The ramping up of Australian and US projects will upset the hierarchy among LNG producers as soon as 2020, with Australia overtaking Qatar to become the number one capacity holder, and the US, an insignificant producer before 2016, moving up to the third rank, ahead of Malaysia.
2017 Top 10 liquefaction Capacity Holders
2020 Top 10 liquefaction Capacity Holders
Based on Cedigaz supply/demand estimates, new projects will need to come online post 2023/2024 to accommodate rising LNG demand. Cedigaz expects that the strongest increases in LNG capacity from post-FID projects will originate from the US, Canada, Mozambique and Qatar.
In this scenario, US would become the number one LNG producer before Australia and Qatar by 2035 with a market share of 19%. Russia would move up to the fourth place thanks to new projects on top of Yamal. Canada, Mozambique and Papua New Guinea would make their way into the top-10 while Algeria, Trinidad and Tobago and Oman would exit it.
2035 Top 10 LNG Producers
CAPACITY vs. OUTPUT
- Comparing the effective capacities, based on projects existing or sanctioned, to the estimated LNG production in 2025 and 2035 in Cedigaz’s scenario, allows an estimation of the additional capacity that will need to be sanctioned on a regional basis
- In 2025, two regions – Africa and North America- present a deficit of effective capacity, i.e. capacity from existing facilities and projects under construction is lower than projected, LNG output.
- By 2035, new liquefaction projects will be required in all regions.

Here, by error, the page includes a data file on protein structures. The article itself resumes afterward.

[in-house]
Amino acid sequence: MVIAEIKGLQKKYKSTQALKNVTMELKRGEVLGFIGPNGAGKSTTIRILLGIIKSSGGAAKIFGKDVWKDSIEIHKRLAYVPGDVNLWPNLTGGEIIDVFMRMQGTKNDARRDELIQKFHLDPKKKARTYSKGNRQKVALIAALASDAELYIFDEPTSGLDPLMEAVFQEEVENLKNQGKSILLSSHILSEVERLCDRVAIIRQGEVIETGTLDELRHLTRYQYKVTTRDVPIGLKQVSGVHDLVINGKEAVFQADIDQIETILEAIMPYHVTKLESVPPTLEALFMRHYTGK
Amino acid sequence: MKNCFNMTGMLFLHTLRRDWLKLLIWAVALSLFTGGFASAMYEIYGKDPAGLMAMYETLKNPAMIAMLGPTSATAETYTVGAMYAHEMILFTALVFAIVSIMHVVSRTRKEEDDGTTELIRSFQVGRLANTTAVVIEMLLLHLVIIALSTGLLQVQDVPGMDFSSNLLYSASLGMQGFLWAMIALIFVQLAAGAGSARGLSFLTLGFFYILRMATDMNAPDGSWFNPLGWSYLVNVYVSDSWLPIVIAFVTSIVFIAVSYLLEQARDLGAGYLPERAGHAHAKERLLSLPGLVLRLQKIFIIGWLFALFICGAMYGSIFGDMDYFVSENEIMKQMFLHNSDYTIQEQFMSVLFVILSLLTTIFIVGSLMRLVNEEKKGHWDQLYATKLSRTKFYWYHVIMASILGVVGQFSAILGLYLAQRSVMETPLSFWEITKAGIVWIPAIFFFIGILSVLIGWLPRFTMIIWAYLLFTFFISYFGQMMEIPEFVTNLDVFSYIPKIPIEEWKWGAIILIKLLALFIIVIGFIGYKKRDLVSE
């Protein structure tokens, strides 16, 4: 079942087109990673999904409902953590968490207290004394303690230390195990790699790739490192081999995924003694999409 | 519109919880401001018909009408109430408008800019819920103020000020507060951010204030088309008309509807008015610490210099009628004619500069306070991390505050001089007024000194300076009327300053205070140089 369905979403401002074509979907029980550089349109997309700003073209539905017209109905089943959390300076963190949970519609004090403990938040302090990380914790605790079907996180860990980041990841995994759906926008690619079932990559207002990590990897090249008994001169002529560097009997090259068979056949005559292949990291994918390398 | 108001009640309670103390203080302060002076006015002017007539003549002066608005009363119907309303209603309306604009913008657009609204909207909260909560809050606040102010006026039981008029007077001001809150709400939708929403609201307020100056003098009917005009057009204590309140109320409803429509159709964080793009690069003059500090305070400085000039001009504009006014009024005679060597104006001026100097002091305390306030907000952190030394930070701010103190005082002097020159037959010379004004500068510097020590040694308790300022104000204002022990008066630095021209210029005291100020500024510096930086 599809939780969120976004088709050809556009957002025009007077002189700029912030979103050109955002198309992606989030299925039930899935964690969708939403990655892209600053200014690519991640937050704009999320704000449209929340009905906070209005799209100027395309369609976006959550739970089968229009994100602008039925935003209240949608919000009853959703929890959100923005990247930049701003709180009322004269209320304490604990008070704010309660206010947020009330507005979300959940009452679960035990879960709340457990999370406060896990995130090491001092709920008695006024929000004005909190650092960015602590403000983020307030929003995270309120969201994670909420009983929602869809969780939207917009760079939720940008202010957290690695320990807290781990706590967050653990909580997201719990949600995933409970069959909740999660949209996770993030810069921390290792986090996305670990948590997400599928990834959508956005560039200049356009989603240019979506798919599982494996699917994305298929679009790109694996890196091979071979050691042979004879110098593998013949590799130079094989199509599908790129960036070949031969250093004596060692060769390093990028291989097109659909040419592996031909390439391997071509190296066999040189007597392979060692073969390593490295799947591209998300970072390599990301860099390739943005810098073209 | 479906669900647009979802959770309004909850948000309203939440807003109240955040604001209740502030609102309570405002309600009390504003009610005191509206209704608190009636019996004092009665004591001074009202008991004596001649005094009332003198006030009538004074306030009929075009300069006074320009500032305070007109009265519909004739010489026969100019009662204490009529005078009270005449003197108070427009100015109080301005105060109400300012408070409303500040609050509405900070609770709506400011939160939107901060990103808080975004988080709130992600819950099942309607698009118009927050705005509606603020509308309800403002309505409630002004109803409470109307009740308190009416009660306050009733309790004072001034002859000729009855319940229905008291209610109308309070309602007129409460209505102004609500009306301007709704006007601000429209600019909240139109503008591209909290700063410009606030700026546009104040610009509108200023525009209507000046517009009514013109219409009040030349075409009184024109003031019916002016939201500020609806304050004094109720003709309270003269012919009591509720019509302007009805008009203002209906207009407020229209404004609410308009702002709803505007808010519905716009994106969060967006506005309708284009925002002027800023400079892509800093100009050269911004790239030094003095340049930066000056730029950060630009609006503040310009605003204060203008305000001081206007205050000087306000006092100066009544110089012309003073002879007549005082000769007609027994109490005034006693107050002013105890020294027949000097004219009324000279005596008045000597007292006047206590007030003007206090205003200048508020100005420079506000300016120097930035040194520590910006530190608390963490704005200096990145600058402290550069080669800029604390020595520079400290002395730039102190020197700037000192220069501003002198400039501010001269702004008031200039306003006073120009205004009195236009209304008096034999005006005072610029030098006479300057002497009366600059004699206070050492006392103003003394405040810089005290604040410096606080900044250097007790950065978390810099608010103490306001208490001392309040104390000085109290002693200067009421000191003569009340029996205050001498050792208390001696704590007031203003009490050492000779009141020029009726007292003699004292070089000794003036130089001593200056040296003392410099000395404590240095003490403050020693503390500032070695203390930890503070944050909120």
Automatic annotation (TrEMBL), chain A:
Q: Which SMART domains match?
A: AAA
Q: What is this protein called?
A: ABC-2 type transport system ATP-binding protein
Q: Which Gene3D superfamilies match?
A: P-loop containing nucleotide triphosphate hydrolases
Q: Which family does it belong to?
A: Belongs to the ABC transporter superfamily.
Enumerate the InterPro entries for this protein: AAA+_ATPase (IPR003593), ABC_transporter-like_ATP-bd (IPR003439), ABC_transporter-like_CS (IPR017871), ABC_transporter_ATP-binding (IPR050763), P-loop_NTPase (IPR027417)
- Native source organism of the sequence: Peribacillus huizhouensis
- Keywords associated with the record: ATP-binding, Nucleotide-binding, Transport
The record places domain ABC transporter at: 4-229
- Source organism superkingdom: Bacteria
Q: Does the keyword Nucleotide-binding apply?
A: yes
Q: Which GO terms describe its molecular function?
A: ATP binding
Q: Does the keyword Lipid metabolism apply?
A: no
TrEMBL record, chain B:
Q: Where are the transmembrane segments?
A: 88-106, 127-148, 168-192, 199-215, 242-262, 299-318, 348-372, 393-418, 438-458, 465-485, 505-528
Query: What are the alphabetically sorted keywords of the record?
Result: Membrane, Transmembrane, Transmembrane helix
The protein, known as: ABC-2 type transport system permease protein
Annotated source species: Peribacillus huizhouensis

Effective Capacity vs LNG Output in 2025
Effective Capacity vs LNG Output in 2035
ASIAN LNG TRENDS BY COUNTRY
- Asia global imports are projected to more than double between 2015 and 2035, growing from 173 mmtpa to 368 mmtpa, 3.8% average annual rate. The traditional markets (Japan, South Korea and Taiwan) will remain stable, while emerging markets (such as China, India, Malaysia, Pakistan, Singapore and Thailand) are expected to grow significantly: their imports will rise from 41 mmtpa in 2015 to 193 mmtpa in 2035. New Asian markets – Bangladesh, Indonesia, the Philippines and Vietnam – will also contribute to the increase of imports from the 2020s, reaching almost 40 mmtpa in 2035. Asia will maintain its position as the leading LNG import region with a market share of around 70% throughout the projection period.
LNG Imports in Asia
LNG Imports in Asia (1)
(1):Traditional markets: Japan, South Korea, Taiwan Emerging Markets: China, India, Malaysia, Pakistan, Singapore, Thailand New Markets: Bangladesh, Indonesia, Philippines, Vietnam
LNG imports by region
LNG Exports from Asian Countries
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Cedigaz (International Center for Natural Gas Information) is an international association with around 80 members worldwide, created in 1961 by a group of international gas companies and the Institut Français du Pétrole Energies nouvelles (IFPEN). Dedicated to natural gas information, CEDIGAZ collects and analyses worldwide economic information on natural gas, LNG and unconventional gas in an exhaustive and critical way.
 Effective capacity based on existing facilities and projects under construction only.